When Barack Met Francis

Regis Nicoll
Regis Nicoll

It was the strangest of exchanges, the prepared remarks of President Obama and Pope Francis on the South Lawn of the White House.

One man referenced Scripture and the Good News; he highlighted the ministry of the Catholic church to the homeless and poor, spoke about the persecution of believers around the world, and called for the defense of religious freedom. The other man, after the usual salutations, made a passing reference to religious liberty, and then spent the rest of his podium time talking about environmental emissions and climate change.

If you think the former was the pontiff and the latter the president, you would be wrong. It was if, after shaking hands, the leader of the free world and the spiritual leader of 1 billion Catholics swapped speaking notes.

What the president said

“Here in the United States,” the president assured Francis, “we cherish religious liberty. . . . We stand with you in defense of religious freedom and interfaith dialogue, knowing that people everywhere must be able to live out their faith free from fear and intimidation.”

I wonder what Kim Davis would say about that? Or the photographer who declined to shoot a same-sex wedding and was told by a federal judge that ignoring one’s religious beliefs is “the price of citizenship?” Or the Little Sisters of the Poor who, along with over 100 other religious groups and institutions, are embroiled in a legal battle over the Affordable Care Act, with its requirements to provide insurance for contraceptives, sterilization, and abortion-inducing drugs against their religious beliefs? Or an administration that has been busily advancing the president’s “freedom of worship” rhetoric with dozens of actions, including the following:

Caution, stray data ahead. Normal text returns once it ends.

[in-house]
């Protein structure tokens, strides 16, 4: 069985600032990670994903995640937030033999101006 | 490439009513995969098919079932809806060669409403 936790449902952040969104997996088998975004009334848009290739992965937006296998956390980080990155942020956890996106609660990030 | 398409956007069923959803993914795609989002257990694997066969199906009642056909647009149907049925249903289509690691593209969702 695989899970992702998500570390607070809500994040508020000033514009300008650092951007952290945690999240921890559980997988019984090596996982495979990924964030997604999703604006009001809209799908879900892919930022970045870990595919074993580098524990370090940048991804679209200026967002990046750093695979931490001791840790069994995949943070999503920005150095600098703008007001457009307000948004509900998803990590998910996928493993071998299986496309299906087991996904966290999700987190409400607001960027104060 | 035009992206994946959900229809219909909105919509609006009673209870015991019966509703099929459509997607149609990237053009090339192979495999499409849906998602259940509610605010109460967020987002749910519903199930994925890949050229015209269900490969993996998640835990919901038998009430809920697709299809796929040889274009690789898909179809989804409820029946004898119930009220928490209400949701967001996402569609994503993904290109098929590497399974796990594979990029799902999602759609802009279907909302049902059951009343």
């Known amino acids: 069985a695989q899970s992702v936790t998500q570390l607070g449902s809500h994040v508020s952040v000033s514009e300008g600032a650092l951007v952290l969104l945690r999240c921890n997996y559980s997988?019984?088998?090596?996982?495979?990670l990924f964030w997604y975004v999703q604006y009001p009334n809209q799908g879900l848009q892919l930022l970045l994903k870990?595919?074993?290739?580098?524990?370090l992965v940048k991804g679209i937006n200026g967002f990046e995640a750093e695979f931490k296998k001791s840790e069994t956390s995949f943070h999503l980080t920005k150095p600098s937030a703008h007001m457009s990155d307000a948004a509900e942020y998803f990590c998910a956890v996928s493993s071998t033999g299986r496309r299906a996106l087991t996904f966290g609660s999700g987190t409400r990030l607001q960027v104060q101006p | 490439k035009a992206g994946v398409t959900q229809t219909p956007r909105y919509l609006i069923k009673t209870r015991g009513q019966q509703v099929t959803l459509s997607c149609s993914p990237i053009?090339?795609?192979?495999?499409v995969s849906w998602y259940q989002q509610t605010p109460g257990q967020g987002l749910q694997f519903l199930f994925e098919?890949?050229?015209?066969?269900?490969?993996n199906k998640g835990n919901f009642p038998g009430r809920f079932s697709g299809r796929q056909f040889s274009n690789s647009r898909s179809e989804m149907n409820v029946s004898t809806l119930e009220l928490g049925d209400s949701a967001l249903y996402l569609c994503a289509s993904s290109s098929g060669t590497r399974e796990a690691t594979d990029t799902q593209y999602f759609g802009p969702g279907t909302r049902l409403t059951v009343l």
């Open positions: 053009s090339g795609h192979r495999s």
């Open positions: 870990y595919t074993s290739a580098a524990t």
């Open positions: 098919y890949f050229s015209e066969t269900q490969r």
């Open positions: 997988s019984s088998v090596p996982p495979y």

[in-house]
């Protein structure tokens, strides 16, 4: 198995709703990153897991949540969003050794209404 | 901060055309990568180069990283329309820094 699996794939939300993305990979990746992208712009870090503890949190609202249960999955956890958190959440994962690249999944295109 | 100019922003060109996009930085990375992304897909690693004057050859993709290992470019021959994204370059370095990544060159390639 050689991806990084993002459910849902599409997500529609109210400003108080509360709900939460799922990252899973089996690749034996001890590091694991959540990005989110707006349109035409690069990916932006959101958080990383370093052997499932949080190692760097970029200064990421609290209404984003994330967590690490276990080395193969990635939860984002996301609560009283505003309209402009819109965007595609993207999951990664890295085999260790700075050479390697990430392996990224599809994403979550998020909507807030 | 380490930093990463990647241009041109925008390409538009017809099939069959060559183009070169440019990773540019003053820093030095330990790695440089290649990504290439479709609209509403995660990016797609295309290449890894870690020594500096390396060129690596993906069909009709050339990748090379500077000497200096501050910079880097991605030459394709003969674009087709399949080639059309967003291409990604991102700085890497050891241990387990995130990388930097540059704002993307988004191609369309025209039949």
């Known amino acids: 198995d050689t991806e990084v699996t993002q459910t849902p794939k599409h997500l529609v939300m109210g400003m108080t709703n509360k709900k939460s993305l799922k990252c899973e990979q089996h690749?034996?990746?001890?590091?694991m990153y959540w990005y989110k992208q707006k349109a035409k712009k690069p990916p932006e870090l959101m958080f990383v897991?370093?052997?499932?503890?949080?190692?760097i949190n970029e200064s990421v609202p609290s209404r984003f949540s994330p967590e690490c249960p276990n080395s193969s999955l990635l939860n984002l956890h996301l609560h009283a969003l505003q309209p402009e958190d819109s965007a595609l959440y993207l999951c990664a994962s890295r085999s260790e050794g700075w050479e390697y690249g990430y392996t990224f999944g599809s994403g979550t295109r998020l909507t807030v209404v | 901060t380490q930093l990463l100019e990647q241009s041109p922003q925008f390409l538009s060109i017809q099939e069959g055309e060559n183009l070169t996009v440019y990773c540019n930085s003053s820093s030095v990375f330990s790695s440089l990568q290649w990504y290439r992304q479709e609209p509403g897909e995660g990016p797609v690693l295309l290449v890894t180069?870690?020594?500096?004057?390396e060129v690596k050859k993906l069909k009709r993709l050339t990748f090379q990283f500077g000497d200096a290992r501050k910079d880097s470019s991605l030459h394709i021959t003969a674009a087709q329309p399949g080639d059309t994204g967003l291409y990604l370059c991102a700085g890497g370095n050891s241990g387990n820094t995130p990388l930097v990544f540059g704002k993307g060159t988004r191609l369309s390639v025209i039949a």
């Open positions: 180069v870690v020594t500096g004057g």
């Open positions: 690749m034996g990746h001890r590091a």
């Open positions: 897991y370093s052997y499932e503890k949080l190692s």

• Supporting the Employment Non-Discrimination Act (ENDA) that interferes with the right of religious employers to choose their employees. 
  • Arguing, in Hosanna-Tabor v. EEOCthat the government can interfere in decisions about who can serve as a minister in religious organizations and churches.
  • Overturning HHS conscience exemptions for healthcare workers opposed to participating in abortions and other activities against their religious convictions. 
  • Repealing the military “Don’t Ask, Don’t Tell” policy with no conscience exceptions for military chaplains.
  • Revoking a grant to the U.S. Conference of Catholic Bishops for combating sex trafficking because of their objections to abortion. 

The president also acknowledged that “around the world at this very moment, children of God, including Christians, are targeted and even killed because of their faith.”

Including Christians? The world’s oldest Christian communities in the very cradle of the faith are disappearing at the hands of Islamic terrorists. Many of the atrocities committed by ISIS and other jihadist groups involve Christians, and only Christians, as in the one claiming the lives of 140 Christian college students in Kenya.

In sentiments that could have issued from the lips of the late Mother Teresa, Obama spoke of our duty to care for the “least of these” and the “powerless and defenseless.” However, the least of the least and the most powerless, defenseless, and voiceless of all are the unborn, a people group that has received little concern or compassion from the current administration.

In whole, the speech was downright Orwellian, as if it were the work of some Minister of Information intent on papering over seven years of history with 1000 words of rhetoric. The president then turned the podium over to Pope Francis. Read more.

Originally published October 16, 2015.

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